Antonin "Women Don't Have Rights" Scalia will teach Republicans the Constitution

House freshmen will get a lesson in originalism from the Supreme Court's mind-reader in residence

Published January 4, 2011 6:10PM (EST)

Justice Antonin Scalia and Rep. Michele Bachmann
Justice Antonin Scalia and Rep. Michele Bachmann

Hey, did you hear that Supreme Court Justice Antonin Scalia doesn't really believe in the the equal protection clause of the 14th Amendment? Apparently, being an "originalist" means reading the minds of the framers and not interpreting what they wrote literally:

Certainly the Constitution does not require discrimination on the basis of sex. The only issue is whether it prohibits it. It doesn't. Nobody ever thought that that's what it meant. Nobody ever voted for that.

Ok, well, all the Amendment says is that equal protection under the laws will be afforded to citizens, not "straight male citizens," or whatever distinction Scalia's making here. Scalia can be very literal-minded sometimes, like when he explains that the Eighth Amendment doesn't forbid torture because interrogations aren't "punishment." Other times, he gets fuzzier with the language; despite the fact that the government is not allowed to establish or promote religion, Scalia is OK with "under God" in the Pledge of Allegiance. The Constitution always happens to only mean whatever an ultra-conservative Republican asshole thinks it means, isn't that funny?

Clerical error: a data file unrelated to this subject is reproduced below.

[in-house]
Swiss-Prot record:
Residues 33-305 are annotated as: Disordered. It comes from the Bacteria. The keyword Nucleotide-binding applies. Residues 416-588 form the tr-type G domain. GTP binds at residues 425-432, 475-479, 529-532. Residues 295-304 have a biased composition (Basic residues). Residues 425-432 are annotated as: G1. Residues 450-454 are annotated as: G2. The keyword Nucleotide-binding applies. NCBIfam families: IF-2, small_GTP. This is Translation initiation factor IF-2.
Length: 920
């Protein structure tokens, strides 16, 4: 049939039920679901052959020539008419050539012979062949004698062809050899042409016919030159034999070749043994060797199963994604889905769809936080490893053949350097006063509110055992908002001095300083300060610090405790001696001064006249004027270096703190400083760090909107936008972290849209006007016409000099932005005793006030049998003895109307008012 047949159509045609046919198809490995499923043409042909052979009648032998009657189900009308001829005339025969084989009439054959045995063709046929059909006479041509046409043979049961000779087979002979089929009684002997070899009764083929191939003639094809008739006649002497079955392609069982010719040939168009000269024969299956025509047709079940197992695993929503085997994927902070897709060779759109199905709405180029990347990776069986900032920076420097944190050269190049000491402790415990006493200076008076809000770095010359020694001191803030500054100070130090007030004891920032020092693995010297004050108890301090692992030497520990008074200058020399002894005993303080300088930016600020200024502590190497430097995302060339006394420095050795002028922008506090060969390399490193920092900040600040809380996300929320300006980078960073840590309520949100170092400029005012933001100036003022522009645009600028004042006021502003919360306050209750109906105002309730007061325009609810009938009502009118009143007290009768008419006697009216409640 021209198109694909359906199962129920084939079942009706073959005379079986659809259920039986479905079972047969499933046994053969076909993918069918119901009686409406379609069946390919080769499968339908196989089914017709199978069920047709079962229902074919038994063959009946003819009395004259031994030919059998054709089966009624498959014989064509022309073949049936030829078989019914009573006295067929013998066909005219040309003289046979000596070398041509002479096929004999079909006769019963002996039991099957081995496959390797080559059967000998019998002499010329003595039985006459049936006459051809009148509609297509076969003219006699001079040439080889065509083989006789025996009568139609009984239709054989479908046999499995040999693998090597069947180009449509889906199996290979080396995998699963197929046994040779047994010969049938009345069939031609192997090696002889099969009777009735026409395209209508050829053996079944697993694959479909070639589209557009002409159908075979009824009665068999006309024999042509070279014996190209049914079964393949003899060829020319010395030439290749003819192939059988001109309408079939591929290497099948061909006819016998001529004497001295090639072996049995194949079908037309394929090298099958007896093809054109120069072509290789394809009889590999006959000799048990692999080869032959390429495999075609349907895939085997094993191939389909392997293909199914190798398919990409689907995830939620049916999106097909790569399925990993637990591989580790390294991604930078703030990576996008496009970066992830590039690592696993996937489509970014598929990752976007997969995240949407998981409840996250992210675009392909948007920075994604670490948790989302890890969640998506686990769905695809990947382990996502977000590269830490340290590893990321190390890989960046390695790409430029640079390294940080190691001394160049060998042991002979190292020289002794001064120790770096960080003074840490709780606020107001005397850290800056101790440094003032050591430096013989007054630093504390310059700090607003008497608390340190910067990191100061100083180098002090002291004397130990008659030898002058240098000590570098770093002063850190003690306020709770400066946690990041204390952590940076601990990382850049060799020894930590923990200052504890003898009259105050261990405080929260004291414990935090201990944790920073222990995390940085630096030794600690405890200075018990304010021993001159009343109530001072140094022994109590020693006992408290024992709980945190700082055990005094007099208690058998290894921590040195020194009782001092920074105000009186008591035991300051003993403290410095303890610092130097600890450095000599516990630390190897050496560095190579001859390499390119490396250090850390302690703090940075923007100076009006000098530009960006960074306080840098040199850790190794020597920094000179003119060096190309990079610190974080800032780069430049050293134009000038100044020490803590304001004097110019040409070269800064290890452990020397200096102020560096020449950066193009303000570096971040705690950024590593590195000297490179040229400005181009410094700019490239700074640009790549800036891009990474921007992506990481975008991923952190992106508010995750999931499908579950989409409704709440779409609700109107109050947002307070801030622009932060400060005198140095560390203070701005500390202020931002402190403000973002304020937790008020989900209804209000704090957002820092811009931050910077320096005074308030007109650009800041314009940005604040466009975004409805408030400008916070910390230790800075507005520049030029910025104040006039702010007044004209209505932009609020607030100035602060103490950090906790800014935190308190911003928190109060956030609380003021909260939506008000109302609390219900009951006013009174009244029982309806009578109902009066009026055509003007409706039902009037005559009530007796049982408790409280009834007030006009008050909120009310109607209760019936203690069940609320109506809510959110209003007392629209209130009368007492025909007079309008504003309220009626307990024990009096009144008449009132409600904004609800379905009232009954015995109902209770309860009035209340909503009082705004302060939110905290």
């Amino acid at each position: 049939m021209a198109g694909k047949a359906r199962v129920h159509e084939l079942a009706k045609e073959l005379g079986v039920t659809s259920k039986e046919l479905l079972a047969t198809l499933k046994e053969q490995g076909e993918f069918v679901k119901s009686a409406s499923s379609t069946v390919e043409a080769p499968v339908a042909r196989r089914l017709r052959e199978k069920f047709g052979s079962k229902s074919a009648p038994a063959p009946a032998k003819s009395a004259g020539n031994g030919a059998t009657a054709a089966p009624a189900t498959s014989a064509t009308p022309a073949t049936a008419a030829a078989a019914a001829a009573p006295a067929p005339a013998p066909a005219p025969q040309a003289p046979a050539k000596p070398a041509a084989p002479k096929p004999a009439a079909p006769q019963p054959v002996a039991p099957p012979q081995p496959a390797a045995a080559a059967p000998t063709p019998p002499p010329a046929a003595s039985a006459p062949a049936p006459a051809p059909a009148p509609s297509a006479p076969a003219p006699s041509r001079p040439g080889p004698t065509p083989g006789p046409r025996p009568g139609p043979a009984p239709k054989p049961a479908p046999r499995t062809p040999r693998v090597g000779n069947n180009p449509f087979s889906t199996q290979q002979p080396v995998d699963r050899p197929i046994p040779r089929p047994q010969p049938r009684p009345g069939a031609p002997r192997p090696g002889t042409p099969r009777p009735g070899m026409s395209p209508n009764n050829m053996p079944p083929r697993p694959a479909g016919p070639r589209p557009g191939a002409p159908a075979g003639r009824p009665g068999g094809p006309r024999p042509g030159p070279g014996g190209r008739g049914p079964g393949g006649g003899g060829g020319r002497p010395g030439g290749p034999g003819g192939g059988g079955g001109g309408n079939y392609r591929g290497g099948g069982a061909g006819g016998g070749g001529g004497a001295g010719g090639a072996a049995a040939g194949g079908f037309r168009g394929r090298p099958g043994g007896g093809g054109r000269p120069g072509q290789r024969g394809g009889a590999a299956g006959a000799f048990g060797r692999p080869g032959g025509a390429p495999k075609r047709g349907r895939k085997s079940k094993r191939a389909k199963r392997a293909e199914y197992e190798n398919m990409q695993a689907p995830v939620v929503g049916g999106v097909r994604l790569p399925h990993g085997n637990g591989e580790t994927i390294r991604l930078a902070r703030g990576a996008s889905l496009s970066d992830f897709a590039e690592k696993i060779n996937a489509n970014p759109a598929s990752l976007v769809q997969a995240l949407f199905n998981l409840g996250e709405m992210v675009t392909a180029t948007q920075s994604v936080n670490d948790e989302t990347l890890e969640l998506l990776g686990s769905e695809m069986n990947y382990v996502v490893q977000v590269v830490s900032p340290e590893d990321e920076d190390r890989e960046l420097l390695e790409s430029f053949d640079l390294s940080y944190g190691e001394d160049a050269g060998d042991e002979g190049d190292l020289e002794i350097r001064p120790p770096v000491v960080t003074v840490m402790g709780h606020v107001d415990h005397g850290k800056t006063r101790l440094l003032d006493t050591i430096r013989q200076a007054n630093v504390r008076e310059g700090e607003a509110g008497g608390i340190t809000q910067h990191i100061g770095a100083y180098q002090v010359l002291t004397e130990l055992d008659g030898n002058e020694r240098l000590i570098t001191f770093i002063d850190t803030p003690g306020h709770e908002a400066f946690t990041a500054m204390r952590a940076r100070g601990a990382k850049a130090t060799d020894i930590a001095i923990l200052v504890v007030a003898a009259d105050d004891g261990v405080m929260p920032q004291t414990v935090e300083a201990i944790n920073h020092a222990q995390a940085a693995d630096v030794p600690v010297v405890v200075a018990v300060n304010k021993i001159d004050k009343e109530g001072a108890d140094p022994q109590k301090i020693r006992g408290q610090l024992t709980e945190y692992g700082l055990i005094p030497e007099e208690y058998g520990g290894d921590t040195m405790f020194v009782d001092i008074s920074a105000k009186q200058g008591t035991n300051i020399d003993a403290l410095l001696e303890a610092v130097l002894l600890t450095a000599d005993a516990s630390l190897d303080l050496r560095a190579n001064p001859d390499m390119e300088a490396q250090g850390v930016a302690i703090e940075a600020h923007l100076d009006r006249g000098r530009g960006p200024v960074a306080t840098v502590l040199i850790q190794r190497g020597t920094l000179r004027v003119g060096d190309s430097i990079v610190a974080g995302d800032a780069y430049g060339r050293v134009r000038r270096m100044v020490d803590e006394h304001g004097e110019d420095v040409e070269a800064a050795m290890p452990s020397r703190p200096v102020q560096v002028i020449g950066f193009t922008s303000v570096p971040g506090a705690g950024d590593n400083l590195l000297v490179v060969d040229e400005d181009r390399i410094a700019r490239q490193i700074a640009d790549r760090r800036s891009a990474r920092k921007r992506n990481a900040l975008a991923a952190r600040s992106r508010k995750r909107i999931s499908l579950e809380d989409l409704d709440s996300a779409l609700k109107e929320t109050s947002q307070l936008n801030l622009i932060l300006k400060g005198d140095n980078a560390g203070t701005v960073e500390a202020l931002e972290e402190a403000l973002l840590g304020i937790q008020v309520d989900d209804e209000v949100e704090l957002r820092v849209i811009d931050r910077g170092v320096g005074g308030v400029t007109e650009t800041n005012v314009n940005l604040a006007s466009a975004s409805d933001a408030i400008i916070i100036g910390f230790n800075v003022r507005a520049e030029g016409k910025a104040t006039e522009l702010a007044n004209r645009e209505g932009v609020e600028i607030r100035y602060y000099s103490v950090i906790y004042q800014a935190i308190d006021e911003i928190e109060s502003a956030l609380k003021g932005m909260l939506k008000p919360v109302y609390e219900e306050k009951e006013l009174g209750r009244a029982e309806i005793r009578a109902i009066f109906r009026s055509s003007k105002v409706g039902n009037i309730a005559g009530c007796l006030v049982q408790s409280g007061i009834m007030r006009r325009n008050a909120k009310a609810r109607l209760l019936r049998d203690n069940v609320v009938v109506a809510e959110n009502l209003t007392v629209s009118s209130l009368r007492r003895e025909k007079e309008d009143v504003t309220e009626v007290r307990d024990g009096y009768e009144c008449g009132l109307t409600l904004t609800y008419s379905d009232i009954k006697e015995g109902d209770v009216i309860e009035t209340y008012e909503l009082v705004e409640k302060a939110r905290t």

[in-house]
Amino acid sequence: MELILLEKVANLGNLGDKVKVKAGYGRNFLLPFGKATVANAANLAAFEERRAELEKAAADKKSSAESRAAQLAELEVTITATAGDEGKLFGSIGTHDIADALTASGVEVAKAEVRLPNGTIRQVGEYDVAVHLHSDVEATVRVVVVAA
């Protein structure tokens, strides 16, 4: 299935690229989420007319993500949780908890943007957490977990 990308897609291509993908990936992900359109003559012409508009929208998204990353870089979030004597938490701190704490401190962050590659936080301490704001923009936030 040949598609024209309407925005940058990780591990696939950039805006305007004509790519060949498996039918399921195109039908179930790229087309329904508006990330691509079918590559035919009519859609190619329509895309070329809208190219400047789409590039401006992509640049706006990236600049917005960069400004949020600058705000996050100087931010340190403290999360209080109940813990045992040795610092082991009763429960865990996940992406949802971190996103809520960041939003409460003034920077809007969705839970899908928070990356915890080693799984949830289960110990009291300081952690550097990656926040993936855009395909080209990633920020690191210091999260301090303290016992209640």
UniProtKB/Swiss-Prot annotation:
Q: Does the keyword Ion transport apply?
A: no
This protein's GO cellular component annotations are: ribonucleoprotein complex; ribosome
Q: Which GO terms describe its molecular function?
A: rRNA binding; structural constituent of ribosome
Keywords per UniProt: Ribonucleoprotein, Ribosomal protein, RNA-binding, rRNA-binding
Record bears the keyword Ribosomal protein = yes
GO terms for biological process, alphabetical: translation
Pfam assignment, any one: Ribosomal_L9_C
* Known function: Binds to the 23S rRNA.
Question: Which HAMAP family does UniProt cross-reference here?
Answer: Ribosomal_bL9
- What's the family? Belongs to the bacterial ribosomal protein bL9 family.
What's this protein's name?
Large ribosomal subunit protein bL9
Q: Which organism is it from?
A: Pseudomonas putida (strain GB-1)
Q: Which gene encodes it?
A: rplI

In the same interview that those comments about discrimination come from, Scalia explains that interpreting the Constitution as it applies to 21st Century laws is so incredibly simple that when it comes to the "controversial" stuff, he doesn't even need to "read the briefs, for Pete's sake."

It is this man -- with his intimate knowledge of the Constitution and What It Officially Means For Real -- who will teach our incoming Republican lawmakers how to discharge their functions. Rep. Michele Bachmann invited Scalia to explain how our founding document works last month, and his first "lecture" is scheduled for tomorrow. The event will be closed to the press, sadly, but we can all imagine what sort of seminar Professor Scalia will give, in which the Founding Fathers meant for the First Amendment to turn corporations into people, because they never specifically said they didn't mean that.

(The day after Scalia's little lecture, the GOP will read the Constitution out loud. Eventually they will probably all wear Constitution t-shirts and replace the Capitol carpet with one made up of Constitutions and perhaps they will get a guy to dress up in a Constitution costume to preside over the House while it's in session, and to perform trampoline dunks when it is in recess.)

By Alex Pareene

Alex Pareene writes about politics for Salon and is the author of "The Rude Guide to Mitt." Email him at and follow him on Twitter @pareene

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Michele Bachmann R-minn. Supreme Court U.s. House Of Representatives